• One aspect neither of you have explicitly addressed is the speaking of numbers; speaking, after all, predates writing. We say “one billion, four hundred twenty-eight million, [...]”.

Given that that’s what we say, the first two pieces of information we need are “one” and “billion”. More generally, we need to get the first 1-3 digits (the leftmost comma-separated group), then we need the magnitude, then we can proceed reading off all remaining digits.

Given that the magnitude is not explicitly written down, we get it by counting the digits. If the digits are comma-separated into groups of 3 (and “right-justified”, so that if there are 3n+1 or 3n+2 digits, then the extra 1-2 are the leftmost group), then it’s generally possible to get the magnitude from your “peripheral vision” (as opposed to counting them one by one) for numbers less than, say, 1 billion, which are what you’d most often encounter; like, “52” vs “52,193″ vs “52,193,034”, you don’t need to count carefully to distinguish those. (It gets harder around 52,193,034,892 vs 52,193,034,892,110, but manually handling those numbers is rare.) So if getting the magnitude is a mostly free operation, then you might as well just present the digits left-to-right for people who read left-to-right.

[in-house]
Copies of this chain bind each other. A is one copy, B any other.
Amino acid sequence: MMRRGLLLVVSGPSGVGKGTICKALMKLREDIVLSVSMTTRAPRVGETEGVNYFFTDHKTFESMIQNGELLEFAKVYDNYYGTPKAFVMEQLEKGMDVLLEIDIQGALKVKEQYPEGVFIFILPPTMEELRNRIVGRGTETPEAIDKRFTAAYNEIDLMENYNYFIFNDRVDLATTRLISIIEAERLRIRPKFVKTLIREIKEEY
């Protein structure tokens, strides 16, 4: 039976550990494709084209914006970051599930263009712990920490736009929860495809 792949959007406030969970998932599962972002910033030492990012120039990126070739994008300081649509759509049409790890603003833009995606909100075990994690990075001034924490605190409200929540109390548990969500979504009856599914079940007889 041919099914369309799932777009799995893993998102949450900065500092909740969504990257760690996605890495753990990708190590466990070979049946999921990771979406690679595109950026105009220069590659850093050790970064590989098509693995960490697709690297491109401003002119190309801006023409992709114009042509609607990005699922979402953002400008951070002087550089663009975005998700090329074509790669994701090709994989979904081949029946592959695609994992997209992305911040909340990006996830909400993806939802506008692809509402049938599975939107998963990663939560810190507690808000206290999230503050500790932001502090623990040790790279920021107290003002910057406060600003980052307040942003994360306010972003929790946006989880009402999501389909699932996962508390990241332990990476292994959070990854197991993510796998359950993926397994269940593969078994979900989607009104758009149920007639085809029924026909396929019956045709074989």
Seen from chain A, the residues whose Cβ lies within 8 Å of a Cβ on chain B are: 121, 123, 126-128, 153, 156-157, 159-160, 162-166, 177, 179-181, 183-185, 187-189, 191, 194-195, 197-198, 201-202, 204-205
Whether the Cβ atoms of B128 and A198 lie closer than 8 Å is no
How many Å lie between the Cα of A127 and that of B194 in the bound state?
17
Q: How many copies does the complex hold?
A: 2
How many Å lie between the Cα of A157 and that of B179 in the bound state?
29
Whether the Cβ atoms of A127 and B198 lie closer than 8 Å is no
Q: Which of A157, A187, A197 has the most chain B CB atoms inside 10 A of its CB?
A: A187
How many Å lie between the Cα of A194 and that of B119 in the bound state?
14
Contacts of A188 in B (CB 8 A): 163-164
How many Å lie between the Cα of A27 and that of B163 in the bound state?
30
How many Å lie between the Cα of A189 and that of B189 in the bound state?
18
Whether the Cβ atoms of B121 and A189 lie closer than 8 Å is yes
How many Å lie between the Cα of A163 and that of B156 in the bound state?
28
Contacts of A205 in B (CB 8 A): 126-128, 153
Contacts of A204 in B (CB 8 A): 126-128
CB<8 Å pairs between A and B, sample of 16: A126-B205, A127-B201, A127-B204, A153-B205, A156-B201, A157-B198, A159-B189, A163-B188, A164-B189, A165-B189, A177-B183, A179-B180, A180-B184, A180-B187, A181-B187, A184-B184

Now, is it sensible that we speak “one billion, four hundred twenty-eight million, [...]”? Seems fine to me. It presents the magnitude and the most significant digits first (and essentially reminds you of the magnitude every 3 digits), and either the speaker or the listener can cut it off at any point and have an estimate accurate to as many digits as they care for. (That is essentially the use case of “partially running the algorithm” you describe.) I think I’d hate listening to “six hundred sixty three, six hundred twenty-seven thousand, four hundred twenty-eight million, and one billion”, or even suffixes of it like “four hundred twenty eight million and one billion”. Tell me the important part first!